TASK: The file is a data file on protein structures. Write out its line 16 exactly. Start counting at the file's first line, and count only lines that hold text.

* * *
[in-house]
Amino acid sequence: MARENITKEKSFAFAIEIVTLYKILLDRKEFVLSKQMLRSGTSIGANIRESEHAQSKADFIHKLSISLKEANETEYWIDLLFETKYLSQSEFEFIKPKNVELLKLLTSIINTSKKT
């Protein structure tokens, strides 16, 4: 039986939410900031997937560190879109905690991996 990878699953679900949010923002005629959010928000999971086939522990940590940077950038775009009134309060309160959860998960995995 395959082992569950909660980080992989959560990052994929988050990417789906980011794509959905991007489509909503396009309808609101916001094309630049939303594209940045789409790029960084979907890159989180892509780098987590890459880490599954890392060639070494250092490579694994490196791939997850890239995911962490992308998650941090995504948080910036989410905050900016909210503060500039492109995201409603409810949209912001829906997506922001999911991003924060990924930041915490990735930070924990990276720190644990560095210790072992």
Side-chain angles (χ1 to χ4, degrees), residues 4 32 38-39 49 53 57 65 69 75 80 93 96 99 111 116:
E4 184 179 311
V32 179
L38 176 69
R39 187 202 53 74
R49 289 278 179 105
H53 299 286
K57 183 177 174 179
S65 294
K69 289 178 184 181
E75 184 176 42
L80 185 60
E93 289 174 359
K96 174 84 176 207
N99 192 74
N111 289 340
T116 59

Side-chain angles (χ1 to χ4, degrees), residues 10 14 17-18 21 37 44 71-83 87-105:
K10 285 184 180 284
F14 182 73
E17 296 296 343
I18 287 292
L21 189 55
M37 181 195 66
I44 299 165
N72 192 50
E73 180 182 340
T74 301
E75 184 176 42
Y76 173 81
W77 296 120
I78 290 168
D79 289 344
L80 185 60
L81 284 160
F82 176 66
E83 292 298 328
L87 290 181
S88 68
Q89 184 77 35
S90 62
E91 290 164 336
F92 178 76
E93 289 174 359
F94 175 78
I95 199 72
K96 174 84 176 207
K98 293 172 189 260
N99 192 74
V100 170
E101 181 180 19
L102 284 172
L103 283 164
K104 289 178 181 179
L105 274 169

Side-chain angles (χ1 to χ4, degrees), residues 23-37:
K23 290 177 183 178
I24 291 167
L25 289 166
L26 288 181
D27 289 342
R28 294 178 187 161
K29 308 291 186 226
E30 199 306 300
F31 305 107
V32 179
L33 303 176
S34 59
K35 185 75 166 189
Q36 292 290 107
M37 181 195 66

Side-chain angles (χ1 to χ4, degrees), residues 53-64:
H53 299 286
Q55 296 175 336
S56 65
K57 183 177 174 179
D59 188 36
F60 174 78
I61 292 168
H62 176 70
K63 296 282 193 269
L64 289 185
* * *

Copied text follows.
E93 289 174 359